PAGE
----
A CVS pharmacy appears headed for a prime downtown spot at the northeast corner of Fifth and Houston streets.
There’s just one problem: Ojos Locos Sports Cantina, the current tenant, has no plans of moving.
Fossil Creek Land Partners, headed by managing partner Farukh Aslam, which owns the building at 515 Houston St., is listed on a permit filed by CVS’s architecture firm for a required state review of plans to build the CVS. Construction of the store, estimated at a little more than $1 million, is expected to begin March 1 and be completed by July, according to the filing.
But the owner of Ojos Locos, a chain of Latin-themed sports bars that features scantily-clad waitresses and whose name translates to Crazy Eyes in Spanish, said Friday the cantina has no immediate plans of leaving its downtown location.
“Over the past six years, the downtown Fort Worth location of Ojos Locos has been a great one for us,” Rich Hicks, CEO of Reach Restaurant Group, said in a statement. “We have no plans to leave at this time.”
Ojos Locos, which has eight Texas locations, opened in downtown Fort Worth in January 2011, right before the Super Bowl was played in Arlington.
“Our lease is effective through 2025,” Hicks said. “Until we hear from our landlord further, we will continue business as usual.”
Asked about Ojos Locos on Friday, Aslam said only: “They are in their space, and they have a lease.”
He declined to comment further.
The state review filing was made by Hurst-based Genesis Design Group. The firm has designed 15 new stores for CVS and completed 15 conversions of Eckerd locations when the retailer acquired the drug store chain, according to its website.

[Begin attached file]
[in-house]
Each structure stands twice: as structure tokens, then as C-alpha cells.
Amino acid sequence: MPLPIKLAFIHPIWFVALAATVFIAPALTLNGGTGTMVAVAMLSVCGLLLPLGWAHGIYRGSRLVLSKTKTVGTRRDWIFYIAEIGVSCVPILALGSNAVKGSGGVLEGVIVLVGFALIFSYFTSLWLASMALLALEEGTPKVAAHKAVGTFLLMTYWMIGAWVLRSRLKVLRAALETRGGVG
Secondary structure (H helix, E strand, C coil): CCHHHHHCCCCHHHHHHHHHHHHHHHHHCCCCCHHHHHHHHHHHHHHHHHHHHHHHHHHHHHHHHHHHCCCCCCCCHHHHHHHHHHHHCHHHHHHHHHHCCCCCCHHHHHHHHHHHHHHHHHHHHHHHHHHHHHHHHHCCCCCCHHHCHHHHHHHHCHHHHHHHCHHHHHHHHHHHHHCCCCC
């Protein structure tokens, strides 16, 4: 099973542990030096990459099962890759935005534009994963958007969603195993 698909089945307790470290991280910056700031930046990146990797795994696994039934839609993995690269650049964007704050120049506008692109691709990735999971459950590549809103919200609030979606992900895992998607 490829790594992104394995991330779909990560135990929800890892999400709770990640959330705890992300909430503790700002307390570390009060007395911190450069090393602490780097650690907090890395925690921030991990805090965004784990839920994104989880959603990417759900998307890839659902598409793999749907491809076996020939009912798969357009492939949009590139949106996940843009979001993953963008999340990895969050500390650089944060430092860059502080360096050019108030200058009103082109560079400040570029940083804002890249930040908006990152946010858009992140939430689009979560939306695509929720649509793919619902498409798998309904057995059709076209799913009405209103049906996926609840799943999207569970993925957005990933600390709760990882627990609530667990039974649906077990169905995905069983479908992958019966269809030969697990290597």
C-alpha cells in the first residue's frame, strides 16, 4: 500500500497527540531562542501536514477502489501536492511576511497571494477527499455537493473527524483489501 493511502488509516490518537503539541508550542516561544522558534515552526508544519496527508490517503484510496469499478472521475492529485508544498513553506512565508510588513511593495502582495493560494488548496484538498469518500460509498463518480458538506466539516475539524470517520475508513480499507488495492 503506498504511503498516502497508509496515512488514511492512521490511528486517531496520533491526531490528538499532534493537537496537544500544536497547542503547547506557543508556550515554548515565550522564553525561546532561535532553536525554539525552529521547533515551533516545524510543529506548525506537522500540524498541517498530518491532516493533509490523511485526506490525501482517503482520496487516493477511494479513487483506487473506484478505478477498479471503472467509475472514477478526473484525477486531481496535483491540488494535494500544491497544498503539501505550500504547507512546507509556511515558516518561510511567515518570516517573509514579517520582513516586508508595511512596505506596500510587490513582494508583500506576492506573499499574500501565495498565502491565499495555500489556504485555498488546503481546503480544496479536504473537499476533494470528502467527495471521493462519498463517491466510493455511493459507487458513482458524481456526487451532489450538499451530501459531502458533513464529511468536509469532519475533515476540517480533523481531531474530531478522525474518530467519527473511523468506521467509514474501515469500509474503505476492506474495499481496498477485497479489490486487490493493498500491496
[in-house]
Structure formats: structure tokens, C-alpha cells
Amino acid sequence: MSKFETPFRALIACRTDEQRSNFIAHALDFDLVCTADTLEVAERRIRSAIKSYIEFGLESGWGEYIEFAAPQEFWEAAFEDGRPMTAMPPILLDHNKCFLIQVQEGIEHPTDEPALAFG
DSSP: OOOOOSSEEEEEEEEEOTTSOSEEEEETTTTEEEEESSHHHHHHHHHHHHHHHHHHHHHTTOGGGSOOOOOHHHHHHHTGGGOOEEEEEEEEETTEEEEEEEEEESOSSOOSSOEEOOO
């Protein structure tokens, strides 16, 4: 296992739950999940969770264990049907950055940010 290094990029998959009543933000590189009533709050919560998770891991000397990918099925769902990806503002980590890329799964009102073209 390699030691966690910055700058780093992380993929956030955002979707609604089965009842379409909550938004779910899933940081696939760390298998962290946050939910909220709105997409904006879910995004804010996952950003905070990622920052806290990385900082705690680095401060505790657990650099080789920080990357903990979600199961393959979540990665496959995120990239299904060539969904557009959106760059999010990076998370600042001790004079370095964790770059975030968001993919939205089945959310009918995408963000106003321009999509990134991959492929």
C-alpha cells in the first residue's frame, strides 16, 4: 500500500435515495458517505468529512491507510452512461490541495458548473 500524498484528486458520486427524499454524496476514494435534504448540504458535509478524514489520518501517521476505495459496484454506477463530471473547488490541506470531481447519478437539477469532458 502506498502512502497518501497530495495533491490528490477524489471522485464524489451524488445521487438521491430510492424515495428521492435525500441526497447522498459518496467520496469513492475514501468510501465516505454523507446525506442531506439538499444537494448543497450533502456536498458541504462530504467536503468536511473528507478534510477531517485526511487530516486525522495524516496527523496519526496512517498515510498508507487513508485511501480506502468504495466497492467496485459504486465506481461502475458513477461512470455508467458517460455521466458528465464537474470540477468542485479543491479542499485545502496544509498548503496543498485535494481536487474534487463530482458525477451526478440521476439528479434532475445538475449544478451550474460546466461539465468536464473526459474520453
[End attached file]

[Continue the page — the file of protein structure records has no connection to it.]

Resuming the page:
The group on Jan. 5 also filed for a commercial remodeling permit with the city, but that hasn’t been issued, according to the city’s website. The building is known as the STS Tower.
Aslam and his Fossil Creek Land Partners also owns the adjacent historic Sinclair Building and have plans to convert the 16-story art deco office building into a 165-room Autograph hotel, with a basement restaurant and rooftop bar. In recent months, the building’s street level tenants moved out.
Aslam told city officials two years ago the hotel would be completed in 2016. Some floors of the STS Tower are expected to be converted to back-of-house space for the hotel, Aslam said then.
Aslam also received city approval to restore the STS Tower to its original appearance when it was built in 1925 for the Sanger Brothers department store. Aslam bought the building in 1998 and converted it into a telecom hotel, but maintained the street-level restaurant space.
Earlier this week, several postings on a local architecture forum started talk of CVS coming to downtown Fort Worth. Ojos Locos’ owner acknolwedged the chatter, but reiterated: “Yes, we have heard the rumors, however, we have no plans to leave our downtown Fort Worth location at this time.”
Prior to Ojos Locos, the 515 Houston Street space briefly housed a Dixie House Cafe, and before that Bennigan’s.
In 2015, the Downtown Tax Increment Finance Board approved giving $5.3 million to Aslam to support redevelopment of the properties. The grant has certain requirements tied to receiving it, including employment and investment figures.
Of the grant, $3.4 million is for the Sinclair Building, to cover the cost of such things as asbestos removal, public right-of-way improvements, and exterior historic renovations. The developer must spend at least $32 million for improvements on the building.
The remaining $1.5 million will pay for improvements to the STS Tower.